Unlike China and South Korea, Taiwan isn’t going to take further measures to ban or limit the use of cryptocurrency. This relaxed attitude will allow for the natural evolution of crypto markets, although the government still retains the right to make any necessary changes. Taiwan’s governmental officials, though, are still worried about possible money laundering schemes involving crypto, so Taiwan isn’t a crypto paradise yet.
China, in contrast, is about to introduce more restrictive regulation. The new bill will ban ICO’s as well as cryptocurrency exchanges. India and South Korea are also about to introduce their own crypto regulations. According to present laws in Taiwan, only crypto exchanges are legal. Anyway, more and more local banks are getting interested in becoming a part of the crypto world.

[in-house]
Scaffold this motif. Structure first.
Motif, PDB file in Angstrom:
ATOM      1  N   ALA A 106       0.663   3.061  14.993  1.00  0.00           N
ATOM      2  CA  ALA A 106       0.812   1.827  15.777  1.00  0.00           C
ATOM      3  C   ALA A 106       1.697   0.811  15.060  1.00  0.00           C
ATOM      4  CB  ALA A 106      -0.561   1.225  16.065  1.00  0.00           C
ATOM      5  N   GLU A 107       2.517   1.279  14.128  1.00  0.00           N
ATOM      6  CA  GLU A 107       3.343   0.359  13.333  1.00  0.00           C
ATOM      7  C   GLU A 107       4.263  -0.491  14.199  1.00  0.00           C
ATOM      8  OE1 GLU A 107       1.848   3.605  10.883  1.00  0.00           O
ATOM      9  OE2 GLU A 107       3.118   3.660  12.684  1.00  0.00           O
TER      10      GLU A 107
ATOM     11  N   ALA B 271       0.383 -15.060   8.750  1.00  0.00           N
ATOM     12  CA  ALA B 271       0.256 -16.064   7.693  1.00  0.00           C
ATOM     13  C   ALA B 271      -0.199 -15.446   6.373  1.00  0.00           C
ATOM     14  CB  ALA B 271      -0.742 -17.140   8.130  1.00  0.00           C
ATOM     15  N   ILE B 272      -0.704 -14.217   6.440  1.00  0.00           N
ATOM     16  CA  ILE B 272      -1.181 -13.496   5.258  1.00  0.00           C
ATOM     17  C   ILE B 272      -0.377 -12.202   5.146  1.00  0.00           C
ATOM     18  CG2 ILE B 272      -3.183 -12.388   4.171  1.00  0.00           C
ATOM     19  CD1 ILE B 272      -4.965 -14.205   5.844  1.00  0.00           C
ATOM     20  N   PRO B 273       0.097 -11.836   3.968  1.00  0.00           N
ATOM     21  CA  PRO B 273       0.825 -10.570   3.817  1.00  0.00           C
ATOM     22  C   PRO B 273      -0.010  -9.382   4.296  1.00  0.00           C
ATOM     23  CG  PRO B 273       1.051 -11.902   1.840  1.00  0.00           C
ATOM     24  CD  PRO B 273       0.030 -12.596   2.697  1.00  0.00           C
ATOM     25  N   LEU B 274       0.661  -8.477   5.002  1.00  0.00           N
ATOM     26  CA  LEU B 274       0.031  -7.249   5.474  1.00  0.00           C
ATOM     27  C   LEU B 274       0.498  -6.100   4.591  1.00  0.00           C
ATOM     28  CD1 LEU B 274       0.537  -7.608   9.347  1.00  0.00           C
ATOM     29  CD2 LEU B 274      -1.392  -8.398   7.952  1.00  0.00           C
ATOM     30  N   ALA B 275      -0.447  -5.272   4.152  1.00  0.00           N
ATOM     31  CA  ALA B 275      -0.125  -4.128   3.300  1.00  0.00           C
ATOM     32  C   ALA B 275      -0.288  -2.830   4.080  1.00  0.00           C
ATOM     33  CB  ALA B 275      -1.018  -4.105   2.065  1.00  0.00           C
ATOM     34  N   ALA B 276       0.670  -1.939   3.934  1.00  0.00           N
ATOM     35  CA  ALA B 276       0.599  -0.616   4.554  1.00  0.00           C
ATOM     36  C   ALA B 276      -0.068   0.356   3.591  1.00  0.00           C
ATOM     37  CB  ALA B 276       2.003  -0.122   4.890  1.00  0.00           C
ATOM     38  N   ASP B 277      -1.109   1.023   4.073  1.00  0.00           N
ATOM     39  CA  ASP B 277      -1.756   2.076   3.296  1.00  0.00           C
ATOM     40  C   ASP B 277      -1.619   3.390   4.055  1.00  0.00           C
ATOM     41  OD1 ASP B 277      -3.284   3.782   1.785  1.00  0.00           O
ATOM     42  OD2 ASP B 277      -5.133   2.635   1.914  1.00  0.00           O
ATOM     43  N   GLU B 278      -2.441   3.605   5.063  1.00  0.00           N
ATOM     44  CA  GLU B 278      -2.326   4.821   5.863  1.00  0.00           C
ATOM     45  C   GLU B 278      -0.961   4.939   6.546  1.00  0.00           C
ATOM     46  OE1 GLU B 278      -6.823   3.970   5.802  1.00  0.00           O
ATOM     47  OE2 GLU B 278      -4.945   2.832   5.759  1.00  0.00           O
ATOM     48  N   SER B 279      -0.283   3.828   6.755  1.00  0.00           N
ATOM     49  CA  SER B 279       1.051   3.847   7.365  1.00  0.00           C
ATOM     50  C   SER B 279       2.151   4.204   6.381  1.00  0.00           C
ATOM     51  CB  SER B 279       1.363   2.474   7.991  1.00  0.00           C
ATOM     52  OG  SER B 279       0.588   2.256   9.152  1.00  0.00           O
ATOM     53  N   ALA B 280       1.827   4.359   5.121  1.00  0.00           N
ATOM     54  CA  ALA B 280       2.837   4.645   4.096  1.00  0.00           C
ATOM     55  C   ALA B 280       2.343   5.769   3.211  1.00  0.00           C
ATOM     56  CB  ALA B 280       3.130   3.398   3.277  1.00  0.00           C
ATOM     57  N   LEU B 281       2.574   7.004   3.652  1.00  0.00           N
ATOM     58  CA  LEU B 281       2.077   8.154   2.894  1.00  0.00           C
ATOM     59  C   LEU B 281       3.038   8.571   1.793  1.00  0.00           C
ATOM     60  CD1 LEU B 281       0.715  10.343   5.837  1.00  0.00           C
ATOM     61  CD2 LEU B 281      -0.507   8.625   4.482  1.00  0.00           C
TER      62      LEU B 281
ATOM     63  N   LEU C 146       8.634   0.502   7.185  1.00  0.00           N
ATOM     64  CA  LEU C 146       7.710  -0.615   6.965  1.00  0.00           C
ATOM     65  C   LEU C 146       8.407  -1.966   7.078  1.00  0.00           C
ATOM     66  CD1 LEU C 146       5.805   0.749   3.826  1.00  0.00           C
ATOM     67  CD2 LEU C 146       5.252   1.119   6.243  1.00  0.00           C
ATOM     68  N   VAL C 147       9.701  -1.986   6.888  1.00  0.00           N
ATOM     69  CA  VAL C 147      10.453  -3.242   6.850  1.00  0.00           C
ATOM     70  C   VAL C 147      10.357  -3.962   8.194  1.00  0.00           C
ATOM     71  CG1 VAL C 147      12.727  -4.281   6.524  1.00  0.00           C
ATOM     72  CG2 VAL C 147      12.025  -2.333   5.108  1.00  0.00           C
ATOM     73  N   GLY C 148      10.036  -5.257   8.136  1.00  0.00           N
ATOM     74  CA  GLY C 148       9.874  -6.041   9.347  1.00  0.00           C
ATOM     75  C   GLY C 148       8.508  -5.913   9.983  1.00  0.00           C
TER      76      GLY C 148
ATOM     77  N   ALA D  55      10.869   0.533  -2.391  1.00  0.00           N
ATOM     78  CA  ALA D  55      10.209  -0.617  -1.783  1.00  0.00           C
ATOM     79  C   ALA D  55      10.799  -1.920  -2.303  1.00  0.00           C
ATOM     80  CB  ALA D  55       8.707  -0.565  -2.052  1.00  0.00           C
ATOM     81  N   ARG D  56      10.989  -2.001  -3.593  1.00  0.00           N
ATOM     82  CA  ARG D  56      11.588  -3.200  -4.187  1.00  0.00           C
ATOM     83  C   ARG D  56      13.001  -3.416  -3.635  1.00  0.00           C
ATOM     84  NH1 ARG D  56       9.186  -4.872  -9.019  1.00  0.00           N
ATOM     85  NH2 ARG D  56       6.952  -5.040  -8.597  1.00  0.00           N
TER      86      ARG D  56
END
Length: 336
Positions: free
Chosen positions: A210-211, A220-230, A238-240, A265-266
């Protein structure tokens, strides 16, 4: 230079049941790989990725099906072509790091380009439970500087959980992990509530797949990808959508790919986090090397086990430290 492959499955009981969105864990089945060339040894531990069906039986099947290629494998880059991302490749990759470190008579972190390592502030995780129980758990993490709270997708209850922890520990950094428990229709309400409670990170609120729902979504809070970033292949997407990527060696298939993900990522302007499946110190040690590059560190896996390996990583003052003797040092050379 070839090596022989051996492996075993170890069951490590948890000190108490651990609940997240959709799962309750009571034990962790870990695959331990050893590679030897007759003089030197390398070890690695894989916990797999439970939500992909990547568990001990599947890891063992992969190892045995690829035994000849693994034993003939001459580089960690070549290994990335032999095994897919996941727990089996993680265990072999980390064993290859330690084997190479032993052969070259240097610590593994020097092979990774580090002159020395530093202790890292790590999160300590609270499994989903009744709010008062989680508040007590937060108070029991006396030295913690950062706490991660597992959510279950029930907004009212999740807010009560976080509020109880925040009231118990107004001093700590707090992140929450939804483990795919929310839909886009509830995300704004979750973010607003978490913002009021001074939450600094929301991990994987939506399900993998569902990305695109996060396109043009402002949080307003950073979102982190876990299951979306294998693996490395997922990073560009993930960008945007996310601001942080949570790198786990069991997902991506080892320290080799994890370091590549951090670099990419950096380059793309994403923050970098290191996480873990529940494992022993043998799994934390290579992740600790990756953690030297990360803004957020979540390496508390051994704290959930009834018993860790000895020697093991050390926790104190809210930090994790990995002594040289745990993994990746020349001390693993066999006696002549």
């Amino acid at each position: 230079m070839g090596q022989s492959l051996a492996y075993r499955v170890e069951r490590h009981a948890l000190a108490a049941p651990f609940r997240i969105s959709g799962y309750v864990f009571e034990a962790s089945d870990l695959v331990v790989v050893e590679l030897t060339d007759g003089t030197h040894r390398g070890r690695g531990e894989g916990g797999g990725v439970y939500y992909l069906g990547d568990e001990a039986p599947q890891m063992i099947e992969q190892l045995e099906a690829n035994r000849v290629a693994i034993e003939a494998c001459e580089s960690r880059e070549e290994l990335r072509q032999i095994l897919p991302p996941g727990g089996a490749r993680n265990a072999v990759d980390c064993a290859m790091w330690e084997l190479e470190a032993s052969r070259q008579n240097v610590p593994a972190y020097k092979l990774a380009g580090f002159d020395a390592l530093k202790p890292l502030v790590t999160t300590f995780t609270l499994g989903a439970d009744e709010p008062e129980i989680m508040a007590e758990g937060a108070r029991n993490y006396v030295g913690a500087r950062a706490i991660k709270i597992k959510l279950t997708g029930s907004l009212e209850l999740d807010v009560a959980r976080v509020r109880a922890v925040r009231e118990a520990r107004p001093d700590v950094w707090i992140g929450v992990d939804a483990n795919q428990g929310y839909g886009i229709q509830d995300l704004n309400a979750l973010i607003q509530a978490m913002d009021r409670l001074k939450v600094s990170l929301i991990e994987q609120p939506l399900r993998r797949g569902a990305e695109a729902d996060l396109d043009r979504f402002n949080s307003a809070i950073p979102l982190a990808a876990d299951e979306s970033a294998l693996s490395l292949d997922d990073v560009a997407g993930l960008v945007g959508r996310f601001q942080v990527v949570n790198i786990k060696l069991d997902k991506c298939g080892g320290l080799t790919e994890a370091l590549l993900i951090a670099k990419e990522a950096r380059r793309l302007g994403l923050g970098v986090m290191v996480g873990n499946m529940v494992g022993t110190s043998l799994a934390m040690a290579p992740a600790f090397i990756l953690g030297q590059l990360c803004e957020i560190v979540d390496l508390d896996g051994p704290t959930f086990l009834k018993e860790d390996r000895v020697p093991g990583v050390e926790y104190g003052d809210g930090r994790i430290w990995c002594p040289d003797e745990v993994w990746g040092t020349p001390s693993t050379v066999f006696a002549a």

Moreover, older regulations are going to be relaxed in order to help emerging startups avoid unnecessary fines, thanks to Act on Financial Technology Innovations (FinTech). Startups, of course, need to apply for approval in order to receive these bonuses.
Taiwan is not the only country to have an overall positive outlook on a bit risky FinTech sector. Japan, since April 2017, accepts bitcoin as a legal tender and is well on its way to becoming a major crypto power rivaled only by China.
It’s obvious that regulators are not used to dealing with decentralized systems like cryptocurrencies. Many of them underestimate how easy it is for crypto companies to move to countries with friendlier stance toward crypto. Taiwan, it seems, is trying to find a right balance between financial freedom and security for its citizens.